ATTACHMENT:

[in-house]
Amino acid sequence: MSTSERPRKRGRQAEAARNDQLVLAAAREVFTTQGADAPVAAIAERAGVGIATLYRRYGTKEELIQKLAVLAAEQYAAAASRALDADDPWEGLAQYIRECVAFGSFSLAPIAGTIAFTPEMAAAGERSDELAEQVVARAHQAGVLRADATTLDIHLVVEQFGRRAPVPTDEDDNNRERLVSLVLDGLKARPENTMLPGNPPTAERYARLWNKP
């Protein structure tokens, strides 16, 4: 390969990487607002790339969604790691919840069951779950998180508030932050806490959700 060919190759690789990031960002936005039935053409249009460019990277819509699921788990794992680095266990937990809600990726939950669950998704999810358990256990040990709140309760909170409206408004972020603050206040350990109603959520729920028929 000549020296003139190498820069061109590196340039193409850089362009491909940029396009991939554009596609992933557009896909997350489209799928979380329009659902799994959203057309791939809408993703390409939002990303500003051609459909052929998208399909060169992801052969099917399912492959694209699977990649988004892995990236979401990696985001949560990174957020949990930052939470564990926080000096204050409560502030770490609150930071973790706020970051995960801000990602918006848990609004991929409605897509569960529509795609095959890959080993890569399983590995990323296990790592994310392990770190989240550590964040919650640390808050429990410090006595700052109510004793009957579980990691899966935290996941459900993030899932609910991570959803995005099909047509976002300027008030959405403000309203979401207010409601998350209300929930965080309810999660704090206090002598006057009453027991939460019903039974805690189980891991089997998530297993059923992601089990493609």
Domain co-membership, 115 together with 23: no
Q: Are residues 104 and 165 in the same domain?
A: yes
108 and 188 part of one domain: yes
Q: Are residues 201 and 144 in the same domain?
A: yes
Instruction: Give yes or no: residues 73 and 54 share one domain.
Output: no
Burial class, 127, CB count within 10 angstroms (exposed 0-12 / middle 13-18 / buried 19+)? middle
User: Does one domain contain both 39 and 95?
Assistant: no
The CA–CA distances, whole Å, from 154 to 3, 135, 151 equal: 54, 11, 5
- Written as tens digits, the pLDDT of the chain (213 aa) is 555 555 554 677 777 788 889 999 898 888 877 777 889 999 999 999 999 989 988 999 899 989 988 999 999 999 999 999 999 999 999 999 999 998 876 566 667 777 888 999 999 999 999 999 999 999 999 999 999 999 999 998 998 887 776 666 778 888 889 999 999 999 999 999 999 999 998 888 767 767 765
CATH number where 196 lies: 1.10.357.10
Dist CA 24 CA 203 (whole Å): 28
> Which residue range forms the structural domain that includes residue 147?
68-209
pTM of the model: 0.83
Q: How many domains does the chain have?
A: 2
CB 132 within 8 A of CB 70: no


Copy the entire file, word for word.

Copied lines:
[in-house]
Amino acid sequence: MSTSERPRKRGRQAEAARNDQLVLAAAREVFTTQGADAPVAAIAERAGVGIATLYRRYGTKEELIQKLAVLAAEQYAAAASRALDADDPWEGLAQYIRECVAFGSFSLAPIAGTIAFTPEMAAAGERSDELAEQVVARAHQAGVLRADATTLDIHLVVEQFGRRAPVPTDEDDNNRERLVSLVLDGLKARPENTMLPGNPPTAERYARLWNKP
């Protein structure tokens, strides 16, 4: 390969990487607002790339969604790691919840069951779950998180508030932050806490959700 060919190759690789990031960002936005039935053409249009460019990277819509699921788990794992680095266990937990809600990726939950669950998704999810358990256990040990709140309760909170409206408004972020603050206040350990109603959520729920028929 000549020296003139190498820069061109590196340039193409850089362009491909940029396009991939554009596609992933557009896909997350489209799928979380329009659902799994959203057309791939809408993703390409939002990303500003051609459909052929998208399909060169992801052969099917399912492959694209699977990649988004892995990236979401990696985001949560990174957020949990930052939470564990926080000096204050409560502030770490609150930071973790706020970051995960801000990602918006848990609004991929409605897509569960529509795609095959890959080993890569399983590995990323296990790592994310392990770190989240550590964040919650640390808050429990410090006595700052109510004793009957579980990691899966935290996941459900993030899932609910991570959803995005099909047509976002300027008030959405403000309203979401207010409601998350209300929930965080309810999660704090206090002598006057009453027991939460019903039974805690189980891991089997998530297993059923992601089990493609």
Domain co-membership, 115 together with 23: no
Q: Are residues 104 and 165 in the same domain?
A: yes
108 and 188 part of one domain: yes
Q: Are residues 201 and 144 in the same domain?
A: yes
Instruction: Give yes or no: residues 73 and 54 share one domain.
Output: no
Burial class, 127, CB count within 10 angstroms (exposed 0-12 / middle 13-18 / buried 19+)? middle
User: Does one domain contain both 39 and 95?
Assistant: no
The CA–CA distances, whole Å, from 154 to 3, 135, 151 equal: 54, 11, 5
- Written as tens digits, the pLDDT of the chain (213 aa) is 555 555 554 677 777 788 889 999 898 888 877 777 889 999 999 999 999 989 988 999 899 989 988 999 999 999 999 999 999 999 999 999 999 998 876 566 667 777 888 999 999 999 999 999 999 999 999 999 999 999 999 998 998 887 776 666 778 888 889 999 999 999 999 999 999 999 998 888 767 767 765
CATH number where 196 lies: 1.10.357.10
Dist CA 24 CA 203 (whole Å): 28
> Which residue range forms the structural domain that includes residue 147?
68-209
pTM of the model: 0.83
Q: How many domains does the chain have?
A: 2
CB 132 within 8 A of CB 70: no